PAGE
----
But later, when I’m relaxing by the fire, I do have a chance to experience real gratitude. I watch the children play a game with their uncle. I’m grateful for the opportunity to sit back and enjoy their faces, pay attention to how small their hands and feet are, and listen to their voices and expressions, realizing how quickly they grow up. On the surface, this may seem like just a moment for me to notice and appreciate and smile.
But here’s the power: That moment of gratitude relaxes my muscles, changes my mood slightly, and when the kids come over to be close they get more hugs, cuddling, affection, and attention. How does that impact them? My gratitude towards my brother (the uncle) for engaging with the children replaces my usual relatively impatient and critical “big sister” attitude with more appreciation, respect, and kindness. How does that impact him? I notice that my husband does more than half of the food preparation and clean-up, which gives me the opportunity to sit back and relax in the first place. I feel lucky that we work so well together on a meal. How does that impact our relationship?
Take this one step further. More appreciation in the house relaxes the moods of all the adults. They feel more at peace and have more patience with the children. The children feel safe in an environment where the adults are happy. Work gets done easier. Stress levels stay down. People are okay just being themselves. What are the physiological affects? The impact on everyone’s health? I could go on and on.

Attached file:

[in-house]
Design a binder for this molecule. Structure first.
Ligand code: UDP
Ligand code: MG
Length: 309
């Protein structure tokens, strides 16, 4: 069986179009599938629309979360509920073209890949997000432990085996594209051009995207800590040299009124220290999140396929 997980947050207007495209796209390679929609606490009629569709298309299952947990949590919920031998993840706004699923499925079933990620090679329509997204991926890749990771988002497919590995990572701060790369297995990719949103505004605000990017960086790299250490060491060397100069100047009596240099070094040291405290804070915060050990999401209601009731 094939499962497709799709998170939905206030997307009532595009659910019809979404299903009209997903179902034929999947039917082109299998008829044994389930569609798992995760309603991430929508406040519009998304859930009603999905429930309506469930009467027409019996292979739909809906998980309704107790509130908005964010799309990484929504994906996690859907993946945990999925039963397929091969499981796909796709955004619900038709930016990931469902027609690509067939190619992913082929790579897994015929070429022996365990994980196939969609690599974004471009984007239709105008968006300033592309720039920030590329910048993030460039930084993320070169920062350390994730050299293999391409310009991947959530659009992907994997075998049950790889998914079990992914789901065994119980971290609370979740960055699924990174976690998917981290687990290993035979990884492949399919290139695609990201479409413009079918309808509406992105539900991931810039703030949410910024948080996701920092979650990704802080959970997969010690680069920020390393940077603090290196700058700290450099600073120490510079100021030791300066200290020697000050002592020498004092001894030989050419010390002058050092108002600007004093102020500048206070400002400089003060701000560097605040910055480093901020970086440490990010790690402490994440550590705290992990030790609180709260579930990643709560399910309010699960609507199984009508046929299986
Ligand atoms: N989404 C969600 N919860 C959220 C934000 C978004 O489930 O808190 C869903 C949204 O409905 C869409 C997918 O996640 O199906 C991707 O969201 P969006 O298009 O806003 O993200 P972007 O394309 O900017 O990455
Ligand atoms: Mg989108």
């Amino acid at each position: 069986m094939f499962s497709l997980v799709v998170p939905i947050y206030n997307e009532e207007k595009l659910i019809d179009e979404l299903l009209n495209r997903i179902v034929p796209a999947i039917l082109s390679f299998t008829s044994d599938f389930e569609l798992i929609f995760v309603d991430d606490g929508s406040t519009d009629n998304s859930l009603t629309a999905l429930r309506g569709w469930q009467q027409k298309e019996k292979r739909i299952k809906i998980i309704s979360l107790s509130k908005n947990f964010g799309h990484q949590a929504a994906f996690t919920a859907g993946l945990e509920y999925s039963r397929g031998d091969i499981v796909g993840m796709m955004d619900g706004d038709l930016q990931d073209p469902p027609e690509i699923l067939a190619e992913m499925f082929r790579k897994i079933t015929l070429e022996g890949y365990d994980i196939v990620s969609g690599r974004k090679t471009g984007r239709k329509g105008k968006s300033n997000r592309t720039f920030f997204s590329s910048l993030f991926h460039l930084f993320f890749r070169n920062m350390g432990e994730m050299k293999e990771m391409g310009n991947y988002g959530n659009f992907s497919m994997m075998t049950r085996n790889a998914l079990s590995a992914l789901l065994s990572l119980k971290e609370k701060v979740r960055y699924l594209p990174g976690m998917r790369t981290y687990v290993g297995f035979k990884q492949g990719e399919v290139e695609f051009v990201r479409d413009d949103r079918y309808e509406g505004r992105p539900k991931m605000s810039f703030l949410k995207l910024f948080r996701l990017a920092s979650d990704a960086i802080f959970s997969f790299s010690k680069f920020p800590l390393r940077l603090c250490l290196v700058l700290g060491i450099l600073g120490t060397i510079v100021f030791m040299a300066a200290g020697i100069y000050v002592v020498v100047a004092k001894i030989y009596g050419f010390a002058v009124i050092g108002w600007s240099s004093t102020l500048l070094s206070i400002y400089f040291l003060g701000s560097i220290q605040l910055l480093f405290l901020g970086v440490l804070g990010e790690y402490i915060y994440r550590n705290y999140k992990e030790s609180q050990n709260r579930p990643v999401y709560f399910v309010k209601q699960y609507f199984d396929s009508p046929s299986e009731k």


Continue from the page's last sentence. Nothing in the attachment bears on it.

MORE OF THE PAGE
Maybe one moment of gratitude in one person doesn’t make a huge difference in the dynamics of a family, but it does generate a significant shift. It produces a slight change in energy level, and several subtle shifts in behavior, each impacting other people, and building stronger, safer relationships.
What if just one person experienced a genuine moment of gratitude just one or two times each day? Would that impact the family dynamics? You bet. And if family relationships are impacted positively, how does that, in turn, impact each person’s individual sense of well-being? And, how does each person’s individual sense of well-being impact their personal level of success in the world, or their ability to impact others in a positive way?
Your own gratitude can have a positive impact even if the others in your family don’t cooperate. Most people don’t pay attention to their emotions, so they react. They react first to their own thoughts, but if their own thoughts don’t produce any strong emotions, they react to the emotions of others. They enjoy themselves around the life of the party, they feel drained when loved ones argue, they respond positively to attention and appreciation from others, and they feel insecure when others overlook or ignore them.